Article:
Sachplakat in Germany

Sachplakat in Germany was a response to the “dated” and uber complex design of Art Nouveau. Lucian Bernhard started the movement in the early 1990’s and it was created to advertise for clients in Europe with different needs. The translation of Sachplakat is “Object Poster” where idea behind the poster is to have the object advertised be the focal point of the piece. This movement had a strong Japanese influence, had radical simplification, and had blunt messages that became the key in modern advertising.



Alphonse Mucha: Waverley Cycles (1898): Mucha created intricate designs in his posters. He used women and their sexuality to attract people towards the poster. He was very focused on creating detailed hair and ornamental borders in his work. He placed the women on top of the product that was being sold. He made the women the primary focus and the product was an after thought. The typography was clean and precise and the background was red to command attention of the viewer.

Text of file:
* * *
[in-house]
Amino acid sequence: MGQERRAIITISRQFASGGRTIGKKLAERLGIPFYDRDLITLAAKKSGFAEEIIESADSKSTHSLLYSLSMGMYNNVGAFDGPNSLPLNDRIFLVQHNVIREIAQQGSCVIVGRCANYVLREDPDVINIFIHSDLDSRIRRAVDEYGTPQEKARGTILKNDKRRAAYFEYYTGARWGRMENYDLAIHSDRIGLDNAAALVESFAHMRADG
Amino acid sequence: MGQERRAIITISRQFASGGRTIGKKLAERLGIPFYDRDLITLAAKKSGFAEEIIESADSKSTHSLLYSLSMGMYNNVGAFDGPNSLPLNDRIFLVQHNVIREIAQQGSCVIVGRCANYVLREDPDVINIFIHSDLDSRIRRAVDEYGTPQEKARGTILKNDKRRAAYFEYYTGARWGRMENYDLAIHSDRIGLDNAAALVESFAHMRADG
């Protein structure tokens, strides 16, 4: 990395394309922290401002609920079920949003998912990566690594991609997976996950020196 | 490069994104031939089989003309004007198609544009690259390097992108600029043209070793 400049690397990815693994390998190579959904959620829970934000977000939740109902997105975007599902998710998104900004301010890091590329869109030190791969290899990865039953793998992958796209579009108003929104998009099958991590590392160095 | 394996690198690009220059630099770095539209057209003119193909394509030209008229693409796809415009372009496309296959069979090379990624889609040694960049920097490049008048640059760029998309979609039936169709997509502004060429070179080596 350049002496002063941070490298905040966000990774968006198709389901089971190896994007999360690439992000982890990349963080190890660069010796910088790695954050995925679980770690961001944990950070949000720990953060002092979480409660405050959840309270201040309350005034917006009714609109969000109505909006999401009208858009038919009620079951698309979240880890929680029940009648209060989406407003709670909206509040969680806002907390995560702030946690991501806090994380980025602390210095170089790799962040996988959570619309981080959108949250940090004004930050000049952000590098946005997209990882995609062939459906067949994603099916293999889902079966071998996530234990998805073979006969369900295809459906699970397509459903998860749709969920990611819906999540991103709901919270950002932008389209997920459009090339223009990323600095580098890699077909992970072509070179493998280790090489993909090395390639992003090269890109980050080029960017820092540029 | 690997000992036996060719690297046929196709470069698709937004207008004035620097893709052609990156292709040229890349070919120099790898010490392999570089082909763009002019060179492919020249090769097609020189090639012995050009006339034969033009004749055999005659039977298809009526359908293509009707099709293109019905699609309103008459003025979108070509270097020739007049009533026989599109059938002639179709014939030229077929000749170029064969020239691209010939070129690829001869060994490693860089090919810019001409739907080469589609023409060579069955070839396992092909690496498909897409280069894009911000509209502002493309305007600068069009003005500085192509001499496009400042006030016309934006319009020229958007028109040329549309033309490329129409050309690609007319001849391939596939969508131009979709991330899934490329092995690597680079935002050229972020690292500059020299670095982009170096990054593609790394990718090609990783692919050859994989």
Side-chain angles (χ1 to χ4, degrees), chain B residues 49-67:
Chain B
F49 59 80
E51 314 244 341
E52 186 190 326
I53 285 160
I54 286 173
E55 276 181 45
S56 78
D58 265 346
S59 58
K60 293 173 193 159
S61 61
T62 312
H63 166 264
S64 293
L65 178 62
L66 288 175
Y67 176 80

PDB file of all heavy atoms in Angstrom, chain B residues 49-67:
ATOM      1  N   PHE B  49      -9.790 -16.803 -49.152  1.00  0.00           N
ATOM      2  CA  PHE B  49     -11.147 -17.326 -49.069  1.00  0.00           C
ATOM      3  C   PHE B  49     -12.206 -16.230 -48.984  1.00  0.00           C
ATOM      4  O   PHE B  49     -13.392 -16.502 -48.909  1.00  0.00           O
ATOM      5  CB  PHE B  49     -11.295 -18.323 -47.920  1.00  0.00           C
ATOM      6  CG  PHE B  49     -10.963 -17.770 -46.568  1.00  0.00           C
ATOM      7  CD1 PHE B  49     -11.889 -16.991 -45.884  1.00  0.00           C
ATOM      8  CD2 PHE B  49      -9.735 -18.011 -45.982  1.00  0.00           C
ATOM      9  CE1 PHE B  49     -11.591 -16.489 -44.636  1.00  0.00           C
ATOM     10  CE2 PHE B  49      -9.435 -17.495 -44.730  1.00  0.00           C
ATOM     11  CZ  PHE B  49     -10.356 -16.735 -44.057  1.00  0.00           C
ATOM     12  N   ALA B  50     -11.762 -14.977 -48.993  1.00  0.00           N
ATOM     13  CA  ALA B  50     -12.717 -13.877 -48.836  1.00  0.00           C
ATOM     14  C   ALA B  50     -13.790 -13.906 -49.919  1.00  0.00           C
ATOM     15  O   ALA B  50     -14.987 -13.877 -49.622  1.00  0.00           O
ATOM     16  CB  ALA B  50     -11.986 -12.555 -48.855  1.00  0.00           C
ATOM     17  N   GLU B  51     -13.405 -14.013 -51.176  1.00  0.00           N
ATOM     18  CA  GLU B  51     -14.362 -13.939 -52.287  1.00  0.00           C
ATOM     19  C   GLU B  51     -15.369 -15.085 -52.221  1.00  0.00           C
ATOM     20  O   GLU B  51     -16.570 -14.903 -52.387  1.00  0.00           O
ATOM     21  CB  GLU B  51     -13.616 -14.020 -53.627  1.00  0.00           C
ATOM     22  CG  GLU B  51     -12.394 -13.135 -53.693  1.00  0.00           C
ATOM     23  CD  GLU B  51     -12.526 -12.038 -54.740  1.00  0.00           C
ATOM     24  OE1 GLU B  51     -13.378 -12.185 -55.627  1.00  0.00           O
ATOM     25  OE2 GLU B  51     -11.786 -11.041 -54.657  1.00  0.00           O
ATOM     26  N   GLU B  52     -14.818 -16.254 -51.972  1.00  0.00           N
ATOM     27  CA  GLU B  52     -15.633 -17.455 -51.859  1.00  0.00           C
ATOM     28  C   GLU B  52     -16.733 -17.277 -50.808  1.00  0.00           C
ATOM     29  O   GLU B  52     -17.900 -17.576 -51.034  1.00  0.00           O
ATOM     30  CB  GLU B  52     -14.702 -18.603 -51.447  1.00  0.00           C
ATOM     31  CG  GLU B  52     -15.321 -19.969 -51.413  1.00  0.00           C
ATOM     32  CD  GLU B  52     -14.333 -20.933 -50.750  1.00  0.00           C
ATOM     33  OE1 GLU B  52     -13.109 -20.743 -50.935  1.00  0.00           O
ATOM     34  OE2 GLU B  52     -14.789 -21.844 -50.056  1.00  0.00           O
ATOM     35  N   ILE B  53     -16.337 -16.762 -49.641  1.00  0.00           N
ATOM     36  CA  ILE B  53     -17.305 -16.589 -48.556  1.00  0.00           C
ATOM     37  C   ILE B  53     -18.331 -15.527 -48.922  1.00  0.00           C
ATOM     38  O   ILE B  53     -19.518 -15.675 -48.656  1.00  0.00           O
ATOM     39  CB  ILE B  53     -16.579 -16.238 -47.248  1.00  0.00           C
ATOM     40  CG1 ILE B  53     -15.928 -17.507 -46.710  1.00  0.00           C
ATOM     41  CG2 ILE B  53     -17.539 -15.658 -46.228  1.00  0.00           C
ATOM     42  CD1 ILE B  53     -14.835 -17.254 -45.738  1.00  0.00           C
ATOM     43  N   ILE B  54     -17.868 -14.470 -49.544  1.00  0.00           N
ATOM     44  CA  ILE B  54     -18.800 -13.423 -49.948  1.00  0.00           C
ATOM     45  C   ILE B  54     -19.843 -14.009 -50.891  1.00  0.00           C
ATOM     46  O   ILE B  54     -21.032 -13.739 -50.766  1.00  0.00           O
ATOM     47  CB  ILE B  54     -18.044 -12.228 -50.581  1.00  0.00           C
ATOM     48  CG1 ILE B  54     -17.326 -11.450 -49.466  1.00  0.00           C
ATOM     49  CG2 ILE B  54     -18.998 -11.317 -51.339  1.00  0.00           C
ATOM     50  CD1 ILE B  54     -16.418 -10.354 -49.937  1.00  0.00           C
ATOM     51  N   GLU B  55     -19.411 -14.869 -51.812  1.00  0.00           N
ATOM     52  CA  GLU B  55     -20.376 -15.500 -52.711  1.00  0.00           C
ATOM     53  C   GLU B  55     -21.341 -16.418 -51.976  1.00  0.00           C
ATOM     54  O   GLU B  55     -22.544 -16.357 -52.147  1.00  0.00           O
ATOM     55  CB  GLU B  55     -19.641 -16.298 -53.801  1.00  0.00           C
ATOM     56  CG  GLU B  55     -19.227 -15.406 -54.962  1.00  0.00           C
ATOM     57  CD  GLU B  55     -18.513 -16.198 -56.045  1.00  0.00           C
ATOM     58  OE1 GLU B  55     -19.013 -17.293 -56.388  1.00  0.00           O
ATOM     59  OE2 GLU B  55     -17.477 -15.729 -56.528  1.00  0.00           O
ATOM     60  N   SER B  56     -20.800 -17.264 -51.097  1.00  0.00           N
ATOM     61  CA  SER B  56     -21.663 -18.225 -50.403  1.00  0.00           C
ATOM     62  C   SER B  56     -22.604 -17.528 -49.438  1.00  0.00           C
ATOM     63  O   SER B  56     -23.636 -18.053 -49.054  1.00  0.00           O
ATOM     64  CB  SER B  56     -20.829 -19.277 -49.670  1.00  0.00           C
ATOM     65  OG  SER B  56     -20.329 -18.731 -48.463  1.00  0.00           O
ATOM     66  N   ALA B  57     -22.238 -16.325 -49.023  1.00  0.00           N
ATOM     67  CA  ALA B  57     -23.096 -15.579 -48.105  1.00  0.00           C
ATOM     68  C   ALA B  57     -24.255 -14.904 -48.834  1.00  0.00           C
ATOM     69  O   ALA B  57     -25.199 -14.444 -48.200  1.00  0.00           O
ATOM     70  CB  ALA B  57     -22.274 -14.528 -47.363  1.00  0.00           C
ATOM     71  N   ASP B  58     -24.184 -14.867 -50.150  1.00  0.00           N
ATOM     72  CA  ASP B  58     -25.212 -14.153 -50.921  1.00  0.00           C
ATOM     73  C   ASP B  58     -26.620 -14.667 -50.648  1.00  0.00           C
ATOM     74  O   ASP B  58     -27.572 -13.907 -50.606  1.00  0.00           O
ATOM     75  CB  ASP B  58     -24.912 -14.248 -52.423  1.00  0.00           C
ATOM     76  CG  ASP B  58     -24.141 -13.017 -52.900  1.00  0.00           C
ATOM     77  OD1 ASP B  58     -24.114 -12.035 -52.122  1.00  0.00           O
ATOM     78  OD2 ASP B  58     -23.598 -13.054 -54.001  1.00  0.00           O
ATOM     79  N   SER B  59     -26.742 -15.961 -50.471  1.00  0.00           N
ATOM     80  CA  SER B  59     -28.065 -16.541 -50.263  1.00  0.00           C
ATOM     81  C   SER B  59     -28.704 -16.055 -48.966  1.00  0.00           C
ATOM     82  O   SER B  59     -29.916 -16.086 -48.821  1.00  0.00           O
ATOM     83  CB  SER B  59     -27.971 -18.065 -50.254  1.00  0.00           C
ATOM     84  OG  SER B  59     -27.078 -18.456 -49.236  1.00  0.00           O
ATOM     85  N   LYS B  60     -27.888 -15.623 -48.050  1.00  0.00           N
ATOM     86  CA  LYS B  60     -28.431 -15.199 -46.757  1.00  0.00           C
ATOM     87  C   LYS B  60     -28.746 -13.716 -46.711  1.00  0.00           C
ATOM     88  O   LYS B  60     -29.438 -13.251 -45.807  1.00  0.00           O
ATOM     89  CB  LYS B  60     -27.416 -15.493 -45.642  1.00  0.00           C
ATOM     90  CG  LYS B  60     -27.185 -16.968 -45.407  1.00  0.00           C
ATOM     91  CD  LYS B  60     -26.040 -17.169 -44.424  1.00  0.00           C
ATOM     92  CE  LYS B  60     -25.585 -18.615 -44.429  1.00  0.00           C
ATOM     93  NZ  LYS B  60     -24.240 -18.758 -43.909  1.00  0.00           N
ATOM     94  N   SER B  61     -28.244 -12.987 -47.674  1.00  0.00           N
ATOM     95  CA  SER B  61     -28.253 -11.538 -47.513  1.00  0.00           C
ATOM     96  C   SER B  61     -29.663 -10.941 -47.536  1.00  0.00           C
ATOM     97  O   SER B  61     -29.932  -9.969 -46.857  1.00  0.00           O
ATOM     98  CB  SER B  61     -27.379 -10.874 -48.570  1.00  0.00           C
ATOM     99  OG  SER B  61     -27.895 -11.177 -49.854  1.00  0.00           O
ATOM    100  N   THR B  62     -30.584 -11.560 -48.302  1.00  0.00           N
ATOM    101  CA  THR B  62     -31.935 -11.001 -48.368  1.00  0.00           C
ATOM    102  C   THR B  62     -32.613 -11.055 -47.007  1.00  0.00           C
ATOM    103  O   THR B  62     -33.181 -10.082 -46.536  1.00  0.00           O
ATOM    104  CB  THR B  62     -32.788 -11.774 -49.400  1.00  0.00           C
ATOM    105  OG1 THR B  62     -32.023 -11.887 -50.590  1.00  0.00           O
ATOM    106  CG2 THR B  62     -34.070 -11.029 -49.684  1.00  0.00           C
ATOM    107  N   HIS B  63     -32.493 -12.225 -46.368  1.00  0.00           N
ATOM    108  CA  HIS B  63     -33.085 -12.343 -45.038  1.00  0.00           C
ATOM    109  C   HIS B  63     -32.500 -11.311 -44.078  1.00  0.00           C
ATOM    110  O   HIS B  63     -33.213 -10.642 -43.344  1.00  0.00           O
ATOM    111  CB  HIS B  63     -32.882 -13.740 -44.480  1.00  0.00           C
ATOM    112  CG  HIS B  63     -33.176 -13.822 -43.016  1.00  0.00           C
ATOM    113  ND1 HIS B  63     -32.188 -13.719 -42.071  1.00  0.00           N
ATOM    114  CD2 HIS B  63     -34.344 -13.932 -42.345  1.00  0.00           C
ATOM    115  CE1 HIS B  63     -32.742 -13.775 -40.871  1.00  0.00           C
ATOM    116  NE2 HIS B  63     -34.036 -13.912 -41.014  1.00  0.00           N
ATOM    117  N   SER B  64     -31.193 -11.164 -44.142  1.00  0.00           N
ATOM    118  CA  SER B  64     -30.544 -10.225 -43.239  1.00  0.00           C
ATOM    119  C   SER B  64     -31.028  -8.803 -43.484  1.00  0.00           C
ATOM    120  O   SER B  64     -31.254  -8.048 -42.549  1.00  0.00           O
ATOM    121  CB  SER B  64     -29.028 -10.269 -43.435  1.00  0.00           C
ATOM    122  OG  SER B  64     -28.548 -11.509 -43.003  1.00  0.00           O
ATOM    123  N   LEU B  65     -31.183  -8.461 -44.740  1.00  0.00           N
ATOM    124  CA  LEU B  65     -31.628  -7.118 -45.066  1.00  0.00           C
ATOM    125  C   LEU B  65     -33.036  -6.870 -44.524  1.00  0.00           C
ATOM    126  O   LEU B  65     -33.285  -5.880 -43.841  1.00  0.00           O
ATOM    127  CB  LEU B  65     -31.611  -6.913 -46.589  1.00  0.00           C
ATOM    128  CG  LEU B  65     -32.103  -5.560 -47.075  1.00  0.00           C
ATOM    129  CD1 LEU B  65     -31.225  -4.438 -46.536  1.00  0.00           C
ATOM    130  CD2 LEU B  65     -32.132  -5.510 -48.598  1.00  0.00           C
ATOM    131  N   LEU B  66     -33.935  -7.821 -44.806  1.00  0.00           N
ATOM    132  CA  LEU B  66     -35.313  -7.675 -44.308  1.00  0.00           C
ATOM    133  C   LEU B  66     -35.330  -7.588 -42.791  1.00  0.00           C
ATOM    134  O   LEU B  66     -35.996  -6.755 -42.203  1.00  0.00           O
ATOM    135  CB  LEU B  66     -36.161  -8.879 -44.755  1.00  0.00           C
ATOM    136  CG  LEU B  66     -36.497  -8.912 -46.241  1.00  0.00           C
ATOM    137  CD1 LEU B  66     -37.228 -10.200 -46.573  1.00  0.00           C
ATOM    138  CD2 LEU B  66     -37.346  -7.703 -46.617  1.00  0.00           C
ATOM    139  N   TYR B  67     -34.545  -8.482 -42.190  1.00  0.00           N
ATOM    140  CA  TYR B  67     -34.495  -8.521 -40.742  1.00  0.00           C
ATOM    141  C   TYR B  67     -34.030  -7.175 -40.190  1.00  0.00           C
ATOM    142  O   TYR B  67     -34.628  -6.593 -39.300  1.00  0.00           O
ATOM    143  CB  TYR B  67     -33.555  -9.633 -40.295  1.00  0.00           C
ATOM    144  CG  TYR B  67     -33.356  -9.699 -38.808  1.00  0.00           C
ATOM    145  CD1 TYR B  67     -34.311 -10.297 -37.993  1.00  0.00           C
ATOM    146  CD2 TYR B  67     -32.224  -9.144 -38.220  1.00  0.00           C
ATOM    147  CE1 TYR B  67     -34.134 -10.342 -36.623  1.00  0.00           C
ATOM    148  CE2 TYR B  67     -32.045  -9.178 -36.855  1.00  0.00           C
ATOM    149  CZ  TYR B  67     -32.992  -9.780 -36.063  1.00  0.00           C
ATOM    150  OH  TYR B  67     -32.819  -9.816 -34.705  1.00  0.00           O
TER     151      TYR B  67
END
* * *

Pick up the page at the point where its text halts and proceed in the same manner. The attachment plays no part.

Lucian Bernhard: Priester Matches (1905): Bernhard created a flyer with a muted, black background. He did not include any ornamental details and the piece was very plain. The product that was being sold was the focal point of the poster, and there was no doubt what was being advertised. The red hue was used to emphasize the matches which gave attention to the product. There were no over-sexualized female figures featured in the posters. The typography was hand written and it was not very precise. The font seemed very geometric and cut-out-like. The entire poster contained less information and was straight to the point.

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